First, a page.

Once again, one of our own, alumna, Gabrielle Brant Freeman, has graciously shared with our blog. I have to say that I’ve yet to be turned down by a student or alum. The Converse MFA family is strong. Now sit back and read this beautiful piece by Gabby, and then get your application in by October 1, 2017, so you can change your life as well.
Baring your soul, changing your life, and other consequences of the MFA
by Gabrielle Brant Freeman
Almost exactly seven years ago, I was sitting in my office at the university where I teach freshman composition trying to decide between applying for PhD programs or applying for MFA programs. My office mate kept trying to steer me towards an MFA. She had recently completed hers in YA literature, and she had only glowing reviews of her program. “Gabrielle, it will literally change your life,” she said. I thought she had to be exaggerating, but ultimately the low-residency model worked best for me. I applied to Converse and got in.
Flash forward seven years. My life is, quite literally, completely changed.
After my first workshop resulted in me throwing away every poem in my packet, I realized that I had been writing, what little writing I actually did, without purpose. I had been writing because I liked the idea of writing, not because I had to write. I realized I had been holding back.
For this blog post, Sarah asked me to write about how I mix visual art, poetry, prose, and music. To address that, I have to say that seven years ago, I had painted, but I didn’t paint. I had written, but I didn’t write. I wasn’t yet brave enough to put my whole self on the page or the canvas. Giving other people a window into your soul is a scary thing. Even if the poem or story isn’t about you, it comes from you. It’s a part of you. It belongs to you. Until it doesn’t. Until you put it out into the world to be judged.
I decided that first semester that I was going to stop worrying about that judgment. I was going to take risks. I wrote a poem about women and sexuality called “Whore” that I, admittedly, wasn’t ready to read out loud until last summer. I wrote a poem about a lesbian version of the Orpheus myth incorporating opera which I sing at readings. I created and participated in public writing and art challenges for myself using social media not only to get drafts down on the page, but also to keep my sense of vulnerability open. Writing or painting or singing for an audience, no matter how real or perceived, makes me accountable. Someone at Converse once said that an audience chooses to spend some of their limited time listening to you, reading your words. Don’t waste their time.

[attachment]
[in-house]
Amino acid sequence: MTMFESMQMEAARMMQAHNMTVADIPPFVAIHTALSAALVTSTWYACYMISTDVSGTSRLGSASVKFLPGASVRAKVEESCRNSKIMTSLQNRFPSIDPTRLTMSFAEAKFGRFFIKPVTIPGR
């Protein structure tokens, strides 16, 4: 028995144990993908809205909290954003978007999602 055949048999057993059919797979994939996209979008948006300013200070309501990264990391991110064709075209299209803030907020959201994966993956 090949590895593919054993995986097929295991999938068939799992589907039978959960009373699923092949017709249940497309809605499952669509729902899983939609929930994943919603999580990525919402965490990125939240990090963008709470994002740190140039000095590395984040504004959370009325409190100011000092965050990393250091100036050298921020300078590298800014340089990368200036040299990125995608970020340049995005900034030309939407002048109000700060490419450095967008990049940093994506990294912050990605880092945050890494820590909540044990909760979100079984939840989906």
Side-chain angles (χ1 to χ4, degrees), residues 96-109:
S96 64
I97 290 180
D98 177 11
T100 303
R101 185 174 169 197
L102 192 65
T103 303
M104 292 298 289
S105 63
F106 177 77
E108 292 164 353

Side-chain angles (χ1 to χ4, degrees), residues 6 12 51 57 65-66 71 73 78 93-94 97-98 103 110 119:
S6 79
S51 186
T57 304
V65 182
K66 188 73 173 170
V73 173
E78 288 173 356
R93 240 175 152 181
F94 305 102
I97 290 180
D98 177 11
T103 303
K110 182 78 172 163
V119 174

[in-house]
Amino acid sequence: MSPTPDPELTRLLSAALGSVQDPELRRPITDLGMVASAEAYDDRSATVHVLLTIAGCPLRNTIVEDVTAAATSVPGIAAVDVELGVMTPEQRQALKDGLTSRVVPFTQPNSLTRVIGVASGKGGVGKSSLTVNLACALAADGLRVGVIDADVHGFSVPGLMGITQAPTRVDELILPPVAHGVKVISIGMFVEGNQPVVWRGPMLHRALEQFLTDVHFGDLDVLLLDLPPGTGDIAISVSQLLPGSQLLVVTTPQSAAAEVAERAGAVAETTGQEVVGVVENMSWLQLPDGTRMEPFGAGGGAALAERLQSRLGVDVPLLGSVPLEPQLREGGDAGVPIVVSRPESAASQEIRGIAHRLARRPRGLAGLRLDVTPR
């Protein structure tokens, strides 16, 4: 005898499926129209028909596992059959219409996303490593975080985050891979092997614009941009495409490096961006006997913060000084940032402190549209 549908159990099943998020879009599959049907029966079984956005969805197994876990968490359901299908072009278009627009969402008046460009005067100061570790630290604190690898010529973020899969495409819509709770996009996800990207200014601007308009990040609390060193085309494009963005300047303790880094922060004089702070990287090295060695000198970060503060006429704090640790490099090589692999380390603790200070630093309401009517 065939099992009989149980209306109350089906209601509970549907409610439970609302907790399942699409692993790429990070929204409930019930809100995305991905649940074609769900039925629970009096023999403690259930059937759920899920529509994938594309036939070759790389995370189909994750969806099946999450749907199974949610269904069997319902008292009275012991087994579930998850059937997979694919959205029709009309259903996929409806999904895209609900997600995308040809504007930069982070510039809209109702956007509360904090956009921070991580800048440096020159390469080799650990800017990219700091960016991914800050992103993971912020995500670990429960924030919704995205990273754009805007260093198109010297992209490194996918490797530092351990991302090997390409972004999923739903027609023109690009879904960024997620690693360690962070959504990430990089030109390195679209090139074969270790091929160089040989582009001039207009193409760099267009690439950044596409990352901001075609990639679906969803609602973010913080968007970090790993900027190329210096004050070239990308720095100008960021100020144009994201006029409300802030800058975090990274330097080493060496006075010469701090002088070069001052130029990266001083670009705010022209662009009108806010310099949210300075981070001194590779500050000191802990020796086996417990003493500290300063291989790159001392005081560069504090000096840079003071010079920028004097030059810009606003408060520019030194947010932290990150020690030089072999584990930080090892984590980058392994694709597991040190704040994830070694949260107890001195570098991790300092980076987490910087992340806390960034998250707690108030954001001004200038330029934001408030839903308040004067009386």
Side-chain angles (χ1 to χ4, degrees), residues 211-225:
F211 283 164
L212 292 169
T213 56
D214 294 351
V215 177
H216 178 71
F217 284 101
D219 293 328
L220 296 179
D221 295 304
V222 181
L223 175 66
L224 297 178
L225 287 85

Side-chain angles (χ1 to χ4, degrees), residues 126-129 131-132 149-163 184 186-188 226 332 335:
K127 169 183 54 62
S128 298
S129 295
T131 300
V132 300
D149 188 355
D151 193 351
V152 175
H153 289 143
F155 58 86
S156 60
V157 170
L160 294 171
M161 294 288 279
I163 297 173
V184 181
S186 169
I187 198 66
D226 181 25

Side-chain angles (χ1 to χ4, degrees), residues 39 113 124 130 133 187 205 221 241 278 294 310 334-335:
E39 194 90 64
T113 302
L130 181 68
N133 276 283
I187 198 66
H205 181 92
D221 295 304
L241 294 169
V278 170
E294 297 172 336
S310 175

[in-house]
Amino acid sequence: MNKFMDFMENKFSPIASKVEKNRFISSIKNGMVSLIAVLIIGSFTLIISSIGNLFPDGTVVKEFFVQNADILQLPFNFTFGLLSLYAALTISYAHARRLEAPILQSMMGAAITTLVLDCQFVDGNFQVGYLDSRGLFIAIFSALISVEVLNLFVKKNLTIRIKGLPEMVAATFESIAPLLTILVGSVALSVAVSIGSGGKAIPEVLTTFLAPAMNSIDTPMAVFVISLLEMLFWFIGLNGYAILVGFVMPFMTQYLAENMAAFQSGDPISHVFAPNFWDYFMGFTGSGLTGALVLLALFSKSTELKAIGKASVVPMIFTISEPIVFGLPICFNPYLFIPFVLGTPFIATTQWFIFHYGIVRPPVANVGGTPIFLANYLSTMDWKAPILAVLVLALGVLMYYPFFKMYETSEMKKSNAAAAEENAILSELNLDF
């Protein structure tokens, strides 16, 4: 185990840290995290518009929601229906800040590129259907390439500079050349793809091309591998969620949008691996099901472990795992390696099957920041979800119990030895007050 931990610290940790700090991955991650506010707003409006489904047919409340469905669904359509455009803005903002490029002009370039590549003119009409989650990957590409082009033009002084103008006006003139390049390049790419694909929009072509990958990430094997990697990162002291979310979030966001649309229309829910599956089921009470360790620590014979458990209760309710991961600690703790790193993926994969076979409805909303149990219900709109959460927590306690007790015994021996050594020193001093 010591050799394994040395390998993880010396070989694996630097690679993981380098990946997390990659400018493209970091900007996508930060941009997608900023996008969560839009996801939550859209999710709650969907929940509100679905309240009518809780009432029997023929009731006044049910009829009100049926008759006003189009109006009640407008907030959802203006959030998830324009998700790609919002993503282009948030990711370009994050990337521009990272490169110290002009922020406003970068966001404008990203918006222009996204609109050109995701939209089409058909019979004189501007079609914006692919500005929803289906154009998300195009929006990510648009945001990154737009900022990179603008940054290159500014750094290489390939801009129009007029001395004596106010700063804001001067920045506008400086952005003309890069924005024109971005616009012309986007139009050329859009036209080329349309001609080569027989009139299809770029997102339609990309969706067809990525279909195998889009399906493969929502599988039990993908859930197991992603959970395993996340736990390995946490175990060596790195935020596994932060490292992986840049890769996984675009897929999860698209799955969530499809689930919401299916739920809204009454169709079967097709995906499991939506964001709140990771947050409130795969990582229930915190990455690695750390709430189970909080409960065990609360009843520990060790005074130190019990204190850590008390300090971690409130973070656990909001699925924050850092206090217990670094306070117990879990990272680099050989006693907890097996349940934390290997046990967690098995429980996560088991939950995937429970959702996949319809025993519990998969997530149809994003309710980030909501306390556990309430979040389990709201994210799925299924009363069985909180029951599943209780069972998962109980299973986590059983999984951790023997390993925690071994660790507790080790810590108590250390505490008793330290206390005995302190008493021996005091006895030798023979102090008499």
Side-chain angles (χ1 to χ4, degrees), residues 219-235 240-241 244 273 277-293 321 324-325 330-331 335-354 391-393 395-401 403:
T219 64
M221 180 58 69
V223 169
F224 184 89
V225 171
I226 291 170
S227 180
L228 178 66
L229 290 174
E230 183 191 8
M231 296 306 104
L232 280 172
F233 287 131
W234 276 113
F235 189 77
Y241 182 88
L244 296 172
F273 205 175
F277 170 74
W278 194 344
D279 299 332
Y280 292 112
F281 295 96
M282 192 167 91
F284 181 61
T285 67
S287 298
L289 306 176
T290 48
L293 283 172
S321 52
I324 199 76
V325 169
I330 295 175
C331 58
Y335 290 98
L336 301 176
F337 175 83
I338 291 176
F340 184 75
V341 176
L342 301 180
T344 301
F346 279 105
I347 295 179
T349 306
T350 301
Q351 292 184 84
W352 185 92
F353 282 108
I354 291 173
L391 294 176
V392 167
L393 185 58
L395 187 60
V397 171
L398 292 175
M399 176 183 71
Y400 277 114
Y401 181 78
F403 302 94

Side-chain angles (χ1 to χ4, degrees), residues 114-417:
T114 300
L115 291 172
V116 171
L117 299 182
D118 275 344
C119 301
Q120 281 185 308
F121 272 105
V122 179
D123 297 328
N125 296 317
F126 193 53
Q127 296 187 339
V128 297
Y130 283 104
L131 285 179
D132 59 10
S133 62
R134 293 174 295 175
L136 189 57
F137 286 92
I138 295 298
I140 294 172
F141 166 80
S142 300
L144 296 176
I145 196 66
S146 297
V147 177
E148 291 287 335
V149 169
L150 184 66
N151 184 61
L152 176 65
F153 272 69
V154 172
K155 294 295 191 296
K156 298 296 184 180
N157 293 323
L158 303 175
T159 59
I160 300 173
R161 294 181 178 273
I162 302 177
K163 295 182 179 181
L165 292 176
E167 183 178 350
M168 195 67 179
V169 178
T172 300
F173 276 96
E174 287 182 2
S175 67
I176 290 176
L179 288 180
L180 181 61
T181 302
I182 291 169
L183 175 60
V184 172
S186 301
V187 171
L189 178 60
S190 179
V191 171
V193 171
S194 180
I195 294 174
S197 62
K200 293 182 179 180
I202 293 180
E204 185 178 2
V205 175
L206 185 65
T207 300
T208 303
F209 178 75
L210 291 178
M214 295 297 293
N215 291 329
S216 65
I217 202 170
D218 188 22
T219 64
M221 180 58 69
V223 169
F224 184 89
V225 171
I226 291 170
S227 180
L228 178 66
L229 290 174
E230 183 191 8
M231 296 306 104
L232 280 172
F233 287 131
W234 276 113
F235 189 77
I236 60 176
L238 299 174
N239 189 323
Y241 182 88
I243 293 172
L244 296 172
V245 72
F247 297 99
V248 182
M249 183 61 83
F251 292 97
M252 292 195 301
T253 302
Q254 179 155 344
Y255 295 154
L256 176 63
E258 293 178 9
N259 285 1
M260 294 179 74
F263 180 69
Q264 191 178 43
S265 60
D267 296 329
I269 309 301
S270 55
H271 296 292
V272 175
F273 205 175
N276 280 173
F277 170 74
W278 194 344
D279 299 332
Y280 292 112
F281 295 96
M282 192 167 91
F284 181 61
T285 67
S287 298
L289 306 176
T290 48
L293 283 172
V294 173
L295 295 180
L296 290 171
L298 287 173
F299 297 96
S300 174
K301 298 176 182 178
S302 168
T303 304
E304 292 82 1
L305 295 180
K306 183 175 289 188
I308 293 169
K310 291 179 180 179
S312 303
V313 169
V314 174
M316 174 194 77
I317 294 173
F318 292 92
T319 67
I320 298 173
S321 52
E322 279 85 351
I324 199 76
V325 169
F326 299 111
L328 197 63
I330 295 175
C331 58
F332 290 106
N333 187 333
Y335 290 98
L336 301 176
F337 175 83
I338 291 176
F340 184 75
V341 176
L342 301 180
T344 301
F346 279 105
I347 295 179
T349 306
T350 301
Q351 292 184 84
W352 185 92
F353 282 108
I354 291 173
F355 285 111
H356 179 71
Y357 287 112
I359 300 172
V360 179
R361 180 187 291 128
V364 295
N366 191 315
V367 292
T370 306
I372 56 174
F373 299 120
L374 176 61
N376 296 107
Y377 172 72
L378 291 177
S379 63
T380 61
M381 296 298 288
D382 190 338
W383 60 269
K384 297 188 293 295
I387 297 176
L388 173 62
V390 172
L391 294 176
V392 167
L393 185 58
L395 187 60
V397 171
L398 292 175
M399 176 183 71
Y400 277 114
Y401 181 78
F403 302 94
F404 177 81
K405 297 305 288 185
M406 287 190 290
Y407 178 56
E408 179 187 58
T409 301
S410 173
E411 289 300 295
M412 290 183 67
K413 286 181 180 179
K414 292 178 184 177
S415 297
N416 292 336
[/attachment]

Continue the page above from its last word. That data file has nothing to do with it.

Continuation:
Right now, in part because of the events of the past year, both public and private, I am writing about women in America and the restrictions and constraints we live with every day. These poems are difficult for me to write, my brain keeps saying you really shouldn’t write that, and that lets me know that I am taking necessary risks. I have done some photography and painting on this subject, but it is mostly coming out as writing right now. And that is possibly the biggest change I have made. I trust my instincts, and I act on them.
If something comes into my mind as an image, I paint, draw, or take pictures. If it comes as a line, idea, or concept, I generally take to the page. I resist the voice in my head that says you can’t do this. You shouldn’t do this. And when it’s done, I send it out.
In the past seven years, I have rediscovered my creativity and my passion. I have given myself permission to be creative, to be passionate. To be my authentic self. And, oh yes, I have changed. Baring your soul will do that.